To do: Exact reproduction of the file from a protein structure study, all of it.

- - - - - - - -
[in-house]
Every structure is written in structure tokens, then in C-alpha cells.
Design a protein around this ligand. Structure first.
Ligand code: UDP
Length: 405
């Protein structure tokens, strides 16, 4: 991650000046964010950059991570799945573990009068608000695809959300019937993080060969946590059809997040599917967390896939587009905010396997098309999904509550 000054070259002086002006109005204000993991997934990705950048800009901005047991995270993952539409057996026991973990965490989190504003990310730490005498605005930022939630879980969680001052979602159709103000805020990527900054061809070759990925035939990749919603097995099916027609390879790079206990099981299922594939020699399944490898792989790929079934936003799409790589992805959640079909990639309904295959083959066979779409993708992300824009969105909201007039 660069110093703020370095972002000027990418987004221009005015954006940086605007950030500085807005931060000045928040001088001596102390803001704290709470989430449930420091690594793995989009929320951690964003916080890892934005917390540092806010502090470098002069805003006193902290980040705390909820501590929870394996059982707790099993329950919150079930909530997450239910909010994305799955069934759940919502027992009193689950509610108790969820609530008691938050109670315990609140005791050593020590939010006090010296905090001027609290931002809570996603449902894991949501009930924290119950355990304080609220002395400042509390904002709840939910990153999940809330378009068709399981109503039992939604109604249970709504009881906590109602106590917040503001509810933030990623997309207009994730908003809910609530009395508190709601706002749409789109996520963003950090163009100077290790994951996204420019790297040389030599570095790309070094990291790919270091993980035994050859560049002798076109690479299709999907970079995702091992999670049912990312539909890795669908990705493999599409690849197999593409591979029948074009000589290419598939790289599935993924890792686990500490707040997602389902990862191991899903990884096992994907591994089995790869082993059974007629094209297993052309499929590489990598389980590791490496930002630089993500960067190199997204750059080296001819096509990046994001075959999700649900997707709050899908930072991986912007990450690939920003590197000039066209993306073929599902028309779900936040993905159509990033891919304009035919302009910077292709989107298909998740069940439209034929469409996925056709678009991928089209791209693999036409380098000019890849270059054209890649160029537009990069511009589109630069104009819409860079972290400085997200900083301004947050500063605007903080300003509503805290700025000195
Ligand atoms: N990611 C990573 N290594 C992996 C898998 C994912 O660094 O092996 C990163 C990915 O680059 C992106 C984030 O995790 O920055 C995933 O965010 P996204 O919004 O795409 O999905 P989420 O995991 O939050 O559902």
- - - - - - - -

[in-house]
Every structure is written in structure tokens, then in C-alpha cells.
Design a protein around this ligand. Structure first.
Ligand code: UDP
Length: 405
């Protein structure tokens, strides 16, 4: 991650000046964010950059991570799945573990009068608000695809959300019937993080060969946590059809997040599917967390896939587009905010396997098309999904509550 000054070259002086002006109005204000993991997934990705950048800009901005047991995270993952539409057996026991973990965490989190504003990310730490005498605005930022939630879980969680001052979602159709103000805020990527900054061809070759990925035939990749919603097995099916027609390879790079206990099981299922594939020699399944490898792989790929079934936003799409790589992805959640079909990639309904295959083959066979779409993708992300824009969105909201007039 660069110093703020370095972002000027990418987004221009005015954006940086605007950030500085807005931060000045928040001088001596102390803001704290709470989430449930420091690594793995989009929320951690964003916080890892934005917390540092806010502090470098002069805003006193902290980040705390909820501590929870394996059982707790099993329950919150079930909530997450239910909010994305799955069934759940919502027992009193689950509610108790969820609530008691938050109670315990609140005791050593020590939010006090010296905090001027609290931002809570996603449902894991949501009930924290119950355990304080609220002395400042509390904002709840939910990153999940809330378009068709399981109503039992939604109604249970709504009881906590109602106590917040503001509810933030990623997309207009994730908003809910609530009395508190709601706002749409789109996520963003950090163009100077290790994951996204420019790297040389030599570095790309070094990291790919270091993980035994050859560049002798076109690479299709999907970079995702091992999670049912990312539909890795669908990705493999599409690849197999593409591979029948074009000589290419598939790289599935993924890792686990500490707040997602389902990862191991899903990884096992994907591994089995790869082993059974007629094209297993052309499929590489990598389980590791490496930002630089993500960067190199997204750059080296001819096509990046994001075959999700649900997707709050899908930072991986912007990450690939920003590197000039066209993306073929599902028309779900936040993905159509990033891919304009035919302009910077292709989107298909998740069940439209034929469409996925056709678009991928089209791209693999036409380098000019890849270059054209890649160029537009990069511009589109630069104009819409860079972290400085997200900083301004947050500063605007903080300003509503805290700025000195
Ligand atoms: N990611 C990573 N290594 C992996 C898998 C994912 O660094 O092996 C990163 C990915 O680059 C992106 C984030 O995790 O920055 C995933 O965010 P996204 O919004 O795409 O999905 P989420 O995991 O939050 O559902």